Around the same time, screenshots of the supposed messages started to circle online. (I certainly can’t prove whether they’re real or not, but they first surfaced before Niall’s tweets and feel genuine.) The pattern that emerges seems to be one of frantic, attention-seeking messaging, extreme shock and surprise when he writes back, and, when Niall only requests that they stop messaging him and respect his privacy, the really nasty stuff starts. Messages range from “You invented cancer” to “If [your nephew] was my kid I’d sell it”; from “You’re so stupid and r*tarded” to “I hope your house blows up”.

Niall’s responses are extremely Niall in their politeness. “Why do I deserve to have a bad day?” he asks one. “You guys are bullies,” he tells them. “Go away please.”

As soon as the screenshots emerged, so did suspicions about the identity of the individuals in question. A set of five or six Twitter handles were circled by fan accounts, encouraging people to block and report the usernames to Twitter. Some of the owners of these accounts themselves claim to have been part of the conversations in question, to varying degrees. These account owners are seemingly women, under the age of 18, who have supposedly been involved in other recent One Direction harassment incidents.

One of those incidents came just days before Niall’s tweets. A person suspected to be a member of this group of “fans” got hold of another band member’s phone number: Louis Tomlinson’s. You can listen to a recording of the phone conversation between them that leaked online. After telling him her Twitter handle, Tomlinson asks the caller how she got his number. “You’re a fucking bitch and I hope your baby dies,” she says. Louis responds with a variation on the ancient proverb, “Lawyer up, asshole.” He seemingly tweeted about the incident later that day – and Niall retweeted him.

Fan accounts insist that the same Twitter users were also involved in hacking the iCloud of Anne Twist, Harry Styles’s mother, and leaking hundreds of photos of her son online.

The whole situation is a complicated mess. Parts of the messages feel as though they have been influenced by the style of accounts desperately trying to get the attention of celebrities on Twitter. If you look at the top reply to any tweet from a celebrity with millions of Twitter followers, the responses are calculated to shock the most in an attempt to get noticed. Maybe it’s a weird combination of sexual and violent imagery, or a sexist or racist slur. This is harassment itself, but its ubiquitousness can make it seem less offensive or extreme. Perhaps this kind of behaviour is easier to ignore on Twitter or Instagram – if you have millions of followers, you presumably can’t be notified every time one of them interacts with you online. When it moves into your private sphere, I can image it becomes more terrifying than annoying. Maybe these girls were simply swept up in the cultural moment, and failed to grasp the consquences of their behaviour.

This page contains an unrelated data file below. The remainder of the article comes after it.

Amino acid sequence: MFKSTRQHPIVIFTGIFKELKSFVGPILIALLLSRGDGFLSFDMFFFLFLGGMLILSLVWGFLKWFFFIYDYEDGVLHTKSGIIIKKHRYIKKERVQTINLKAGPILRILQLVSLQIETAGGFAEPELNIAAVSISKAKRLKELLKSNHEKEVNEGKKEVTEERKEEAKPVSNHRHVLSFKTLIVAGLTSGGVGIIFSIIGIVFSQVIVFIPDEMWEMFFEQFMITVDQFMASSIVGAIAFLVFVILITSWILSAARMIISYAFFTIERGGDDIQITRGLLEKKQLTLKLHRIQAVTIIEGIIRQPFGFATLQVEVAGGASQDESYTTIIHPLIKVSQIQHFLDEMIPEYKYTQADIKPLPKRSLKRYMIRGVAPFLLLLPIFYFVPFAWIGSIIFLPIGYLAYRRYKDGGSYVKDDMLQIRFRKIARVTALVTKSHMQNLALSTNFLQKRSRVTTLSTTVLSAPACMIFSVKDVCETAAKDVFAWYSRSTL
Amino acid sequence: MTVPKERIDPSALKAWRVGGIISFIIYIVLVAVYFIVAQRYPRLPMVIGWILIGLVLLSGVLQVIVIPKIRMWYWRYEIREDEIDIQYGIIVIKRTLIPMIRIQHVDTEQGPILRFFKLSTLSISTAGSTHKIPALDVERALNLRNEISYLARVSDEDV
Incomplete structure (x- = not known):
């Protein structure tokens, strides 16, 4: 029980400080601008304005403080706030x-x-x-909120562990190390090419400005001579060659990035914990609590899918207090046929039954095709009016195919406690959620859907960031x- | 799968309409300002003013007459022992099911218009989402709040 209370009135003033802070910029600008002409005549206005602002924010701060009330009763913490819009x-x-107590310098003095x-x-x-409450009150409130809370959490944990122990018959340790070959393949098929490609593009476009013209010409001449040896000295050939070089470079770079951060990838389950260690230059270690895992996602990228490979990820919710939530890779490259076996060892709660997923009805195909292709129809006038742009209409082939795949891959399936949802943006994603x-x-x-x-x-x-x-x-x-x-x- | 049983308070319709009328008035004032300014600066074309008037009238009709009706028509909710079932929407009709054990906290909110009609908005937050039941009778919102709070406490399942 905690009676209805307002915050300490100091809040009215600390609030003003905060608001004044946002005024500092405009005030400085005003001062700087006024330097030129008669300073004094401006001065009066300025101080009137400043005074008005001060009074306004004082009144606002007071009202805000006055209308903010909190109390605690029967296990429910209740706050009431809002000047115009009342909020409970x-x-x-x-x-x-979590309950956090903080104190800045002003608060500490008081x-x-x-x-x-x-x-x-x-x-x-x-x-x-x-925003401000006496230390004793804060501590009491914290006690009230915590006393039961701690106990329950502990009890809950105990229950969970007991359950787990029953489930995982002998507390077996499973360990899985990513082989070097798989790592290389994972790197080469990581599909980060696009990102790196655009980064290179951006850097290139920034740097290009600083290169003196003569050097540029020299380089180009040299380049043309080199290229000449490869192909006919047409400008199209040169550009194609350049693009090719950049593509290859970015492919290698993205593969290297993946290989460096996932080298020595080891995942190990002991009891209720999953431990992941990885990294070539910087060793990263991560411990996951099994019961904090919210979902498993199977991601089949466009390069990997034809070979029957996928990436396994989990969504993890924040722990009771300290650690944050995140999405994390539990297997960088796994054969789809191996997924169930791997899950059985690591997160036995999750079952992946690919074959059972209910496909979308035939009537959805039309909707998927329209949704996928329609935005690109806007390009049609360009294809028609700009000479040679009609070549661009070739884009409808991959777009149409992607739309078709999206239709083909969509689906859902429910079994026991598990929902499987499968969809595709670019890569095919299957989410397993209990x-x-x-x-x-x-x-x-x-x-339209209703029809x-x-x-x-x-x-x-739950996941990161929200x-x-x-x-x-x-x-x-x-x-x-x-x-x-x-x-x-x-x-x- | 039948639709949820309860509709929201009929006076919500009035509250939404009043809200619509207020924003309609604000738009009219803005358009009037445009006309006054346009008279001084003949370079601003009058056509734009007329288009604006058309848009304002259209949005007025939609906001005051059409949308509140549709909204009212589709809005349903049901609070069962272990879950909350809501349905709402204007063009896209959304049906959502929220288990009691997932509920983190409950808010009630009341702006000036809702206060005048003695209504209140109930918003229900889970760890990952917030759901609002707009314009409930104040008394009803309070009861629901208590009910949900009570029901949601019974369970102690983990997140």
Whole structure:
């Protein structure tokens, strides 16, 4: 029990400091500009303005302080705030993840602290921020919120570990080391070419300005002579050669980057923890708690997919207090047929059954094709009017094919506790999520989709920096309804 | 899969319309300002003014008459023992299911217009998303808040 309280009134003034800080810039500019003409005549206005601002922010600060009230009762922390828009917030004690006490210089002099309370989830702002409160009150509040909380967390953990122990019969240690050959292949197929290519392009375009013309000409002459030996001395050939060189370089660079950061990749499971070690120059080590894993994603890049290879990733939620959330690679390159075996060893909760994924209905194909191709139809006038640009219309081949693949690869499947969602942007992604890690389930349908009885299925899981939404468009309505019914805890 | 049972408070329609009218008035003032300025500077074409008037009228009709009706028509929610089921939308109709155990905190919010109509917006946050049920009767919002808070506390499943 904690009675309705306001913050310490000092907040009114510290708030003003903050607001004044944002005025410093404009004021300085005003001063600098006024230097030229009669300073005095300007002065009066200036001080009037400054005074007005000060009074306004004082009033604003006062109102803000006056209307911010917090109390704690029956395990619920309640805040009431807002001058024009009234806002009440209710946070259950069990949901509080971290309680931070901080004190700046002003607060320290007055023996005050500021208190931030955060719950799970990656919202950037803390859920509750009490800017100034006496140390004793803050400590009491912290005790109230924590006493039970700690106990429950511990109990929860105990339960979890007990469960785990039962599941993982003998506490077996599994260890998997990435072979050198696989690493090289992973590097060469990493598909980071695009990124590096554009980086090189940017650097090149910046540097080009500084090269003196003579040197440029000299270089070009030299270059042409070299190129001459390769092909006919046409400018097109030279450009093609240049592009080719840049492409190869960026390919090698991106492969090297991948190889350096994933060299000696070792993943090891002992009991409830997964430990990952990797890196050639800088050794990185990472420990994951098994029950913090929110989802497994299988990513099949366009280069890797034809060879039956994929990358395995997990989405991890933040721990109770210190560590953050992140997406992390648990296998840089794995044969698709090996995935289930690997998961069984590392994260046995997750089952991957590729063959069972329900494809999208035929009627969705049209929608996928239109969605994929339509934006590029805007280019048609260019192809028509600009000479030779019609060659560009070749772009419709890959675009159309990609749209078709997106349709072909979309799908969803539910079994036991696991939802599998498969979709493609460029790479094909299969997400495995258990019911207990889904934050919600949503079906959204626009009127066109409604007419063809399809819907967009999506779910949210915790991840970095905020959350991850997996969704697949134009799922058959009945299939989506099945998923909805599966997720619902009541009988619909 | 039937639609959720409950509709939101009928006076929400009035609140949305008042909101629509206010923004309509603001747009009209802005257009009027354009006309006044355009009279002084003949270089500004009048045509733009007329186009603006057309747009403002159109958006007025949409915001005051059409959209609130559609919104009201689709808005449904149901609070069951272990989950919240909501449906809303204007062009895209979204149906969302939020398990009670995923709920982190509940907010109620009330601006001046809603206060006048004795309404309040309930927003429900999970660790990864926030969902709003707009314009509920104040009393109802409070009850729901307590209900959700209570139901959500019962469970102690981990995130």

Is it a damning indictment of the hysteria of teenage girls? The scary state of twenty-first century fandom? The problems of anonymity offered by the internet? It’s true that the internet has offered new ways for fans and celebrities to have a more direct connection with one another: for the most part, a mutually beneficial arrangement.

But the revelation of the internet has also been that it is a tool through which fundamentally human behaviours are expressed. Over the last few decades, we have learned that aggressive behaviour online is not limited to largely non-existent stereotypes of spotty virgins in their mothers’ basements, or teenage girls developing “dangerous” sexuality. Grown men and women, mothers, fathers, daughters, sons all do it. It’s also not a behaviour that is inherently connected to online spaces: children and teenagers might experiment with moral boundaries through cyberbullying, but they also might do it via anonymous notes in lockers or whispers in school corridors. People of all ages, professions and genders harass others.

The real problem is not celebrity culture or the concept of teenage fandom or social media. As Louis Tomlinson rightly identifies, it’s that our laws have failed to catch up. If we continue to treat harassment as harassment, in all spaces and by all perpetrators, we’ll have a better chance of minimising it.

Anna Leszkiewicz is a pop culture writer at the New Statesman.